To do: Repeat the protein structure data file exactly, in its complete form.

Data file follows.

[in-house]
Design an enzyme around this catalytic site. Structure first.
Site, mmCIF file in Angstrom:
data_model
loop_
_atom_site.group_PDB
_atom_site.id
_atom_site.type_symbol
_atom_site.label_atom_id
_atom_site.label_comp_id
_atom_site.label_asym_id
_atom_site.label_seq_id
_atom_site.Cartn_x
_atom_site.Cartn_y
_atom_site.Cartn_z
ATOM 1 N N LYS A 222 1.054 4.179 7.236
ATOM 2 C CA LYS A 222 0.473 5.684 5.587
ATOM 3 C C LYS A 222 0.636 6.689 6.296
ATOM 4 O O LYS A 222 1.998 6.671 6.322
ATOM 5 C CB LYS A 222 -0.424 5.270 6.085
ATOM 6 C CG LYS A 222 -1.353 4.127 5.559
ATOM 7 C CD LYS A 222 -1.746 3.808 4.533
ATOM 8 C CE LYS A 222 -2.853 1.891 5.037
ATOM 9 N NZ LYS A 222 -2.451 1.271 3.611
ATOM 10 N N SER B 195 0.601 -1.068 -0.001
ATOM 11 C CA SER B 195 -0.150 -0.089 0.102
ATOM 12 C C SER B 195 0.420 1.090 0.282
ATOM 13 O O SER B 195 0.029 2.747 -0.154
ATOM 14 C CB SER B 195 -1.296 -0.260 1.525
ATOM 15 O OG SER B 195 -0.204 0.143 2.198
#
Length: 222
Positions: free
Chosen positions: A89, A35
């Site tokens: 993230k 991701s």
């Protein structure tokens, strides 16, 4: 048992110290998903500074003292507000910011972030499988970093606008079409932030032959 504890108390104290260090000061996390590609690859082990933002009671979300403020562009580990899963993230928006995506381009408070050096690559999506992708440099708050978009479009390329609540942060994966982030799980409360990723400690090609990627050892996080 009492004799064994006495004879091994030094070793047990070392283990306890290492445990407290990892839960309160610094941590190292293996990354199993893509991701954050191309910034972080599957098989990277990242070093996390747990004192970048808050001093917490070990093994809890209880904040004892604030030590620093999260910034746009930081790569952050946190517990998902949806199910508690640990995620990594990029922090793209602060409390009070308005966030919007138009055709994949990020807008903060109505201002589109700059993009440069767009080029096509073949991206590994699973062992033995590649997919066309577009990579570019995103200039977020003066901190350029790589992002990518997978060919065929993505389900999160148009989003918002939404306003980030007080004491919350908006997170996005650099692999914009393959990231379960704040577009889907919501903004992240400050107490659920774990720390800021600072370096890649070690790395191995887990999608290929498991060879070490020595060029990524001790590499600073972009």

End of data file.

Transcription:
[in-house]
Design an enzyme around this catalytic site. Structure first.
Site, mmCIF file in Angstrom:
data_model
loop_
_atom_site.group_PDB
_atom_site.id
_atom_site.type_symbol
_atom_site.label_atom_id
_atom_site.label_comp_id
_atom_site.label_asym_id
_atom_site.label_seq_id
_atom_site.Cartn_x
_atom_site.Cartn_y
_atom_site.Cartn_z
ATOM 1 N N LYS A 222 1.054 4.179 7.236
ATOM 2 C CA LYS A 222 0.473 5.684 5.587
ATOM 3 C C LYS A 222 0.636 6.689 6.296
ATOM 4 O O LYS A 222 1.998 6.671 6.322
ATOM 5 C CB LYS A 222 -0.424 5.270 6.085
ATOM 6 C CG LYS A 222 -1.353 4.127 5.559
ATOM 7 C CD LYS A 222 -1.746 3.808 4.533
ATOM 8 C CE LYS A 222 -2.853 1.891 5.037
ATOM 9 N NZ LYS A 222 -2.451 1.271 3.611
ATOM 10 N N SER B 195 0.601 -1.068 -0.001
ATOM 11 C CA SER B 195 -0.150 -0.089 0.102
ATOM 12 C C SER B 195 0.420 1.090 0.282
ATOM 13 O O SER B 195 0.029 2.747 -0.154
ATOM 14 C CB SER B 195 -1.296 -0.260 1.525
ATOM 15 O OG SER B 195 -0.204 0.143 2.198
#
Length: 222
Positions: free
Chosen positions: A89, A35
């Site tokens: 993230k 991701s």
């Protein structure tokens, strides 16, 4: 048992110290998903500074003292507000910011972030499988970093606008079409932030032959 504890108390104290260090000061996390590609690859082990933002009671979300403020562009580990899963993230928006995506381009408070050096690559999506992708440099708050978009479009390329609540942060994966982030799980409360990723400690090609990627050892996080 009492004799064994006495004879091994030094070793047990070392283990306890290492445990407290990892839960309160610094941590190292293996990354199993893509991701954050191309910034972080599957098989990277990242070093996390747990004192970048808050001093917490070990093994809890209880904040004892604030030590620093999260910034746009930081790569952050946190517990998902949806199910508690640990995620990594990029922090793209602060409390009070308005966030919007138009055709994949990020807008903060109505201002589109700059993009440069767009080029096509073949991206590994699973062992033995590649997919066309577009990579570019995103200039977020003066901190350029790589992002990518997978060919065929993505389900999160148009989003918002939404306003980030007080004491919350908006997170996005650099692999914009393959990231379960704040577009889907919501903004992240400050107490659920774990720390800021600072370096890649070690790395191995887990999608290929498991060879070490020595060029990524001790590499600073972009």